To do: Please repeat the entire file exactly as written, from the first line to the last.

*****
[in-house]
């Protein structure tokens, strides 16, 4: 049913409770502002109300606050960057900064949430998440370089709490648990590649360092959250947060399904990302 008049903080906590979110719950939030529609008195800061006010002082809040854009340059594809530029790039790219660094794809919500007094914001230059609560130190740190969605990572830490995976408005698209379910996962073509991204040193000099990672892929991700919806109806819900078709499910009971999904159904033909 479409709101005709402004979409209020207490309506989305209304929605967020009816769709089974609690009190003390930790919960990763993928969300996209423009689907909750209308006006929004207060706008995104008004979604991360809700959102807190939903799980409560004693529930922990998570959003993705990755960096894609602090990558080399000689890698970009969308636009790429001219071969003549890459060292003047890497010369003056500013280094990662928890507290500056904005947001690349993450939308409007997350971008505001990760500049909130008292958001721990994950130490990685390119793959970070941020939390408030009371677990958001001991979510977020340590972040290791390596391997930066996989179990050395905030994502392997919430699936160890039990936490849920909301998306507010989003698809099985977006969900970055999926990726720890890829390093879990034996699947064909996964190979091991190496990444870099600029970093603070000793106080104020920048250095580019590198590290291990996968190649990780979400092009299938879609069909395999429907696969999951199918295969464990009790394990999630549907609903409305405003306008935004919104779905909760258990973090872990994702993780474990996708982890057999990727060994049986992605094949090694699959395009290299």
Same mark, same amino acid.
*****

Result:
[in-house]
């Protein structure tokens, strides 16, 4: 049913409770502002109300606050960057900064949430998440370089709490648990590649360092959250947060399904990302 008049903080906590979110719950939030529609008195800061006010002082809040854009340059594809530029790039790219660094794809919500007094914001230059609560130190740190969605990572830490995976408005698209379910996962073509991204040193000099990672892929991700919806109806819900078709499910009971999904159904033909 479409709101005709402004979409209020207490309506989305209304929605967020009816769709089974609690009190003390930790919960990763993928969300996209423009689907909750209308006006929004207060706008995104008004979604991360809700959102807190939903799980409560004693529930922990998570959003993705990755960096894609602090990558080399000689890698970009969308636009790429001219071969003549890459060292003047890497010369003056500013280094990662928890507290500056904005947001690349993450939308409007997350971008505001990760500049909130008292958001721990994950130490990685390119793959970070941020939390408030009371677990958001001991979510977020340590972040290791390596391997930066996989179990050395905030994502392997919430699936160890039990936490849920909301998306507010989003698809099985977006969900970055999926990726720890890829390093879990034996699947064909996964190979091991190496990444870099600029970093603070000793106080104020920048250095580019590198590290291990996968190649990780979400092009299938879609069909395999429907696969999951199918295969464990009790394990999630549907609903409305405003306008935004919104779905909760258990973090872990994702993780474990996708982890057999990727060994049986992605094949090694699959395009290299």
Same mark, same amino acid.